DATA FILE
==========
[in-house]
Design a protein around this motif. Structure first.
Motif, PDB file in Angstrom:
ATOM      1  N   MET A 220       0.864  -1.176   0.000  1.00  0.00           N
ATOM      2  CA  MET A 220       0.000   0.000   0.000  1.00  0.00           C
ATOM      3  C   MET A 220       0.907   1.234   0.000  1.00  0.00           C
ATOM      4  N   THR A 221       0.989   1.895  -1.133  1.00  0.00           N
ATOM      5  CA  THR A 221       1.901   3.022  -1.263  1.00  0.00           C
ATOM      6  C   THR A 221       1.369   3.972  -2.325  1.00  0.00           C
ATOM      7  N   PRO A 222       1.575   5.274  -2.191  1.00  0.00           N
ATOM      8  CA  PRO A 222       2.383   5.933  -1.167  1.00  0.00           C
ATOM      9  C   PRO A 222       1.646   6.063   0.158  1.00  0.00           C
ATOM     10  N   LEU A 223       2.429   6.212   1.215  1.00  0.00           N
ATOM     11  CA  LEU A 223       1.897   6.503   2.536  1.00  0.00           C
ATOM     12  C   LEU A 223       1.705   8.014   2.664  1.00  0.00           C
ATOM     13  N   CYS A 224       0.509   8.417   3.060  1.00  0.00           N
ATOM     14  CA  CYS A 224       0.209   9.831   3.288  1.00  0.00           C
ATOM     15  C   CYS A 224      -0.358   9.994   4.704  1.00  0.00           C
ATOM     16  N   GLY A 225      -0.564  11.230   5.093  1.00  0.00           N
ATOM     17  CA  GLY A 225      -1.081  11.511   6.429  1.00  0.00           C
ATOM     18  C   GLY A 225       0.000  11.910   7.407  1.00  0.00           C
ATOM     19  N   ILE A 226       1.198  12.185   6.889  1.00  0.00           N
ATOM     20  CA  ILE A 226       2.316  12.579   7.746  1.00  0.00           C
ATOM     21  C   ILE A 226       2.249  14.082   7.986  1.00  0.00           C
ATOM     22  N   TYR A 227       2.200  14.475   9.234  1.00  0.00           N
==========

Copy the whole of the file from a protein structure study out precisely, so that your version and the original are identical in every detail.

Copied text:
[in-house]
Design a protein around this motif. Structure first.
Motif, PDB file in Angstrom:
ATOM      1  N   MET A 220       0.864  -1.176   0.000  1.00  0.00           N
ATOM      2  CA  MET A 220       0.000   0.000   0.000  1.00  0.00           C
ATOM      3  C   MET A 220       0.907   1.234   0.000  1.00  0.00           C
ATOM      4  N   THR A 221       0.989   1.895  -1.133  1.00  0.00           N
ATOM      5  CA  THR A 221       1.901   3.022  -1.263  1.00  0.00           C
ATOM      6  C   THR A 221       1.369   3.972  -2.325  1.00  0.00           C
ATOM      7  N   PRO A 222       1.575   5.274  -2.191  1.00  0.00           N
ATOM      8  CA  PRO A 222       2.383   5.933  -1.167  1.00  0.00           C
ATOM      9  C   PRO A 222       1.646   6.063   0.158  1.00  0.00           C
ATOM     10  N   LEU A 223       2.429   6.212   1.215  1.00  0.00           N
ATOM     11  CA  LEU A 223       1.897   6.503   2.536  1.00  0.00           C
ATOM     12  C   LEU A 223       1.705   8.014   2.664  1.00  0.00           C
ATOM     13  N   CYS A 224       0.509   8.417   3.060  1.00  0.00           N
ATOM     14  CA  CYS A 224       0.209   9.831   3.288  1.00  0.00           C
ATOM     15  C   CYS A 224      -0.358   9.994   4.704  1.00  0.00           C
ATOM     16  N   GLY A 225      -0.564  11.230   5.093  1.00  0.00           N
ATOM     17  CA  GLY A 225      -1.081  11.511   6.429  1.00  0.00           C
ATOM     18  C   GLY A 225       0.000  11.910   7.407  1.00  0.00           C
ATOM     19  N   ILE A 226       1.198  12.185   6.889  1.00  0.00           N
ATOM     20  CA  ILE A 226       2.316  12.579   7.746  1.00  0.00           C
ATOM     21  C   ILE A 226       2.249  14.082   7.986  1.00  0.00           C
ATOM     22  N   TYR A 227       2.200  14.475   9.234  1.00  0.00           N